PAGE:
By Gill Bonnett, of RNZ
Newly released documents show 500 out of an estimated 7000 border and managed isolation staff were tested for Covid-19 in the first week of August.
Five days later, the first Covid-19 cases in the new Auckland cluster were reported.
The Government documents give a weekly summary of border work, following a Cabinet minute in July about testing border workers.
In a briefing on August 7, 211 out of 5000 border staff at Auckland airport had been tested in the previous week.
There was a "plan in place for Wellington and Christchurch to commence testing week commencing 10 August". The first new cases were reported on August 11.
For staff at border accommodation, it said: "Work is underway to commence weekly testing of asymptomatic workers in quarantine facilities and a rolling schedule of fortnightly testing for workers in managed isolation facilities."
Similar figures were in the previous weekly updates.
It is not clear whether ministers saw the documents, although one was attached to a Cabinet paper in July.
The day before the new cases, Cabinet signed off on changes to the maritime border plan requiring port workers and ship crew leaving their vessel to wear PPE and socially distance.
Ministers directed Health and Customs officials to "work together to strengthen the testing regime that applies to port workers".
Two tests were carried out at maritime ports in the week ending August 6, out of an estimated border staff of 2100 people.
"Testing at Port Taranaki and Port of Lyttleton commenced this week, with testing at the Port of Auckland to commence next week.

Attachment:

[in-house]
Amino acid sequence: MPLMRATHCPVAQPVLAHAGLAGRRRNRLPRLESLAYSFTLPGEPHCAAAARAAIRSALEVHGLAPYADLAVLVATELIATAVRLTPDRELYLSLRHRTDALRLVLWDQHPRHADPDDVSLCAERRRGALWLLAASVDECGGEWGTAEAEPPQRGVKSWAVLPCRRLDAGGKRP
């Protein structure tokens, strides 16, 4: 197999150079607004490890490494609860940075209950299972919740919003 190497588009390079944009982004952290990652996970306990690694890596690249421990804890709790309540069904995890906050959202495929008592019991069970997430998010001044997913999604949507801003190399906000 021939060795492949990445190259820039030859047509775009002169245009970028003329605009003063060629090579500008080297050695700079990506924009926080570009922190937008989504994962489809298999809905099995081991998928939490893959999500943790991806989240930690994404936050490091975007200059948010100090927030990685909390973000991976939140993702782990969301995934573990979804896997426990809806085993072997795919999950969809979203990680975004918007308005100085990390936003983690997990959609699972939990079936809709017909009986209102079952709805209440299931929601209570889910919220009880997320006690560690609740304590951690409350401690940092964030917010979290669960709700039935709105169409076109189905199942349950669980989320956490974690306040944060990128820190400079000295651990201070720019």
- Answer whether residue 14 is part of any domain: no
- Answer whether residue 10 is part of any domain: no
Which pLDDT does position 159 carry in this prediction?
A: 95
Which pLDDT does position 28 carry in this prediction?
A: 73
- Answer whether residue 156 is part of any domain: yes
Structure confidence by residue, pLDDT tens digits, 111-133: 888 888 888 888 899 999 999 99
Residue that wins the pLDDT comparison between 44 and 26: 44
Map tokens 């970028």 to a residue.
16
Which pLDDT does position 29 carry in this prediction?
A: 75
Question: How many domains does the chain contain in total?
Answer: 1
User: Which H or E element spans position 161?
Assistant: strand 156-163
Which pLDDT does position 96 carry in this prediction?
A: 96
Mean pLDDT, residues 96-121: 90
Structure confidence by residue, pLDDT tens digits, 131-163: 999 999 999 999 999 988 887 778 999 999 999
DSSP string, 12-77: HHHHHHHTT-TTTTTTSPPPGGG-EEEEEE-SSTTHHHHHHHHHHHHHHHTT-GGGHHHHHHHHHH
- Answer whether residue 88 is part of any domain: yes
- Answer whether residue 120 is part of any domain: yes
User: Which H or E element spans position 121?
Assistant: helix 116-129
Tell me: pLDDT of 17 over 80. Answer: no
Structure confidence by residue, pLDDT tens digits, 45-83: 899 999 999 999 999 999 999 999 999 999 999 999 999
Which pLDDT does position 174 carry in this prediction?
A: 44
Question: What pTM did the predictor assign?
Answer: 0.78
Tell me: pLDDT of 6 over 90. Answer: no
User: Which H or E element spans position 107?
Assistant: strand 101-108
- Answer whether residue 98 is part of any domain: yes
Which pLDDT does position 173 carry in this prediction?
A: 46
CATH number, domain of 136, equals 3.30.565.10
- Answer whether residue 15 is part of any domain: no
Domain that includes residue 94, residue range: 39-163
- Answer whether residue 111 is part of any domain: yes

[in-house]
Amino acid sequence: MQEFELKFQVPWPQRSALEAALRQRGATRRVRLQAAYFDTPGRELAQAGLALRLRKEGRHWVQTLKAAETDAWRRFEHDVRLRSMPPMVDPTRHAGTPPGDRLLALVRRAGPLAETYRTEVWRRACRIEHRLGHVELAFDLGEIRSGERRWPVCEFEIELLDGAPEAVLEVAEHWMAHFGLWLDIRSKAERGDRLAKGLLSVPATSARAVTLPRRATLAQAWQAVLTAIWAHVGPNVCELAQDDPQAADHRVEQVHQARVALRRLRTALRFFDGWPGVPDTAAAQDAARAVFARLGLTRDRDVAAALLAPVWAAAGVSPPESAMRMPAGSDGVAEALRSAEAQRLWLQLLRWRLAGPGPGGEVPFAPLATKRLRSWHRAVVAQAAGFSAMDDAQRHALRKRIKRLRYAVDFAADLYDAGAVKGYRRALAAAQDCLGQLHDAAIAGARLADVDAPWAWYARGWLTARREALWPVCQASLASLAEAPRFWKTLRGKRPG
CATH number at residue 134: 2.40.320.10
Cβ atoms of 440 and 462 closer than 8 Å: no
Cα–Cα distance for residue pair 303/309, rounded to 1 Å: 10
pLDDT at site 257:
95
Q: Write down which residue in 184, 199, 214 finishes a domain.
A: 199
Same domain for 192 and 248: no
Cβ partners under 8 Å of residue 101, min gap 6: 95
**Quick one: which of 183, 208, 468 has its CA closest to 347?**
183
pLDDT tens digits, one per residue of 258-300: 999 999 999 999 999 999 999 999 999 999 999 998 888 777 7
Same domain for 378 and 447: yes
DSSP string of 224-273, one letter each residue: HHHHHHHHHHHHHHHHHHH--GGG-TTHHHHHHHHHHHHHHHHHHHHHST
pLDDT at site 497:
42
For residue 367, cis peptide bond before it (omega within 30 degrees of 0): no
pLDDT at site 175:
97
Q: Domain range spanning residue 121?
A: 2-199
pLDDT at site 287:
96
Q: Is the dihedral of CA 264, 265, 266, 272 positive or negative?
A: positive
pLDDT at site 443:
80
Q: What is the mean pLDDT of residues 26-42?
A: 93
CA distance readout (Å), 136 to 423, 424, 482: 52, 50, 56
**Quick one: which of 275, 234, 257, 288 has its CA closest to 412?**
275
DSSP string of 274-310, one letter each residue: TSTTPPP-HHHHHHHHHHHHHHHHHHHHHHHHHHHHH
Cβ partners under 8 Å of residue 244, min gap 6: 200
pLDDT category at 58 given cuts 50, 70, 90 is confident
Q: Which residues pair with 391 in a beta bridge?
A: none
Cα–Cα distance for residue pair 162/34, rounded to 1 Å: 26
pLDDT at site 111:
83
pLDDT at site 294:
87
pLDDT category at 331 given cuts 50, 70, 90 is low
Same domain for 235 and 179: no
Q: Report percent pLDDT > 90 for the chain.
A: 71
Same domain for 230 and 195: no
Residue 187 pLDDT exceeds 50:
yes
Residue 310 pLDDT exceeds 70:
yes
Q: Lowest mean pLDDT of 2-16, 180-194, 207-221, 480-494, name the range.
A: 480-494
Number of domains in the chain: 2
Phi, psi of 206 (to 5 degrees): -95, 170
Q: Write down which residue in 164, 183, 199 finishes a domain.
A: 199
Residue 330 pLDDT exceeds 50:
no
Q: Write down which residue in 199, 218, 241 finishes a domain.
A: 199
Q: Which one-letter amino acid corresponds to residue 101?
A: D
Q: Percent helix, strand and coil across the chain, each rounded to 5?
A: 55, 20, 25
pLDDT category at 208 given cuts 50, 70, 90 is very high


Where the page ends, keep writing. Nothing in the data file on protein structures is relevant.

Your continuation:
"This week's priority has been given to consulting with the port staff, highlighting the need for testing, requirements and procedures. All other DHBs with port facilities are developing their plans for rolling out testing of maritime border workers, with testing expected to begin over the next few weeks."
Bringing in film crew
Other documents released on Friday show ministers may not have had the powers to allow Hollywood film crews into the country during the first Covid lockdown.
By June, officials had received legal advice that all approvals for essential workers since April needed to be re-made because a Cabinet decision did not appear in immigration instructions.
That Cabinet decision had also defined exemptions for essential workers as being overseas workers critical to the Covid-19 response or maintaining infrastructure.
Officials were concerned whether film casts and crews were starting to widen that definition.
They also said border exemptions opened the door to legal challenges from rejected businesses which offered the country similar economic benefits.
"The key judicial review risk lies not in approved applications, but in declined applications that may appear to be similar to approved ones in terms of economic significance," a May briefing said.
"While there is a risk that decisions under your delegation that extend beyond the essential services (as defined in Alert Level 4) could be ruled ultra-vires, a reasonable argument can be made that these decisions may fall within your delegation. Based on the Cabinet decisions we consider it is not entirely clear."
It pointed to work being done to expand the exemptions.